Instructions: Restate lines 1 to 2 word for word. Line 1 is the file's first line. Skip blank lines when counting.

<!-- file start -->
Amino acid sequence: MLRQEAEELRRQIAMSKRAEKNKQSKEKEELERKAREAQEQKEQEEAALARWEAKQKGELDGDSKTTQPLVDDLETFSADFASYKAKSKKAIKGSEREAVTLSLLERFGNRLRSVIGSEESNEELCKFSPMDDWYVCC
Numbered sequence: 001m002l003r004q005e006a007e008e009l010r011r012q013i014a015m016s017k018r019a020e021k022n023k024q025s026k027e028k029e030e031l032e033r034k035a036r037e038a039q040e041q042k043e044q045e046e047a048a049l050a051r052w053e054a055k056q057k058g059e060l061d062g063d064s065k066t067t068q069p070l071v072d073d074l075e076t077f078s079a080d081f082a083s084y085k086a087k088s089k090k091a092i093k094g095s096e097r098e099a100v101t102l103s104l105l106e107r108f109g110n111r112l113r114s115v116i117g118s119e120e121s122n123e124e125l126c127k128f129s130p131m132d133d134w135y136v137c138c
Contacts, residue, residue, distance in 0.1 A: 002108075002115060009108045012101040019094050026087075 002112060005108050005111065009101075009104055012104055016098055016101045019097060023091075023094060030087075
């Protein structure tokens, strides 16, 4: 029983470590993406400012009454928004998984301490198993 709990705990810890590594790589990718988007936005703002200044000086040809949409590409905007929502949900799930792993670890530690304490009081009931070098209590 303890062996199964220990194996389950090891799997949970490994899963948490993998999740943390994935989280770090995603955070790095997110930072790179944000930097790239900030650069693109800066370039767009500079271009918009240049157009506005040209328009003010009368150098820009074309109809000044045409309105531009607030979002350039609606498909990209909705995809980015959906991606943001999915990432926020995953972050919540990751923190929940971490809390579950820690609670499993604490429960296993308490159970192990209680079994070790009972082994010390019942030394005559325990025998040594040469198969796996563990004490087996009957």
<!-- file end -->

Amino acid sequence: MLRQEAEELRRQIAMSKRAEKNKQSKEKEELERKAREAQEQKEQEEAALARWEAKQKGELDGDSKTTQPLVDDLETFSADFASYKAKSKKAIKGSEREAVTLSLLERFGNRLRSVIGSEESNEELCKFSPMDDWYVCC
Numbered sequence: 001m002l003r004q005e006a007e008e009l010r011r012q013i014a015m016s017k018r019a020e021k022n023k024q025s026k027e028k029e030e031l032e033r034k035a036r037e038a039q040e041q042k043e044q045e046e047a048a049l050a051r052w053e054a055k056q057k058g059e060l061d062g063d064s065k066t067t068q069p070l071v072d073d074l075e076t077f078s079a080d081f082a083s084y085k086a087k088s089k090k091a092i093k094g095s096e097r098e099a100v101t102l103s104l105l106e107r108f109g110n111r112l113r114s115v116i117g118s119e120e121s122n123e124e125l126c127k128f129s130p131m132d133d134w135y136v137c138c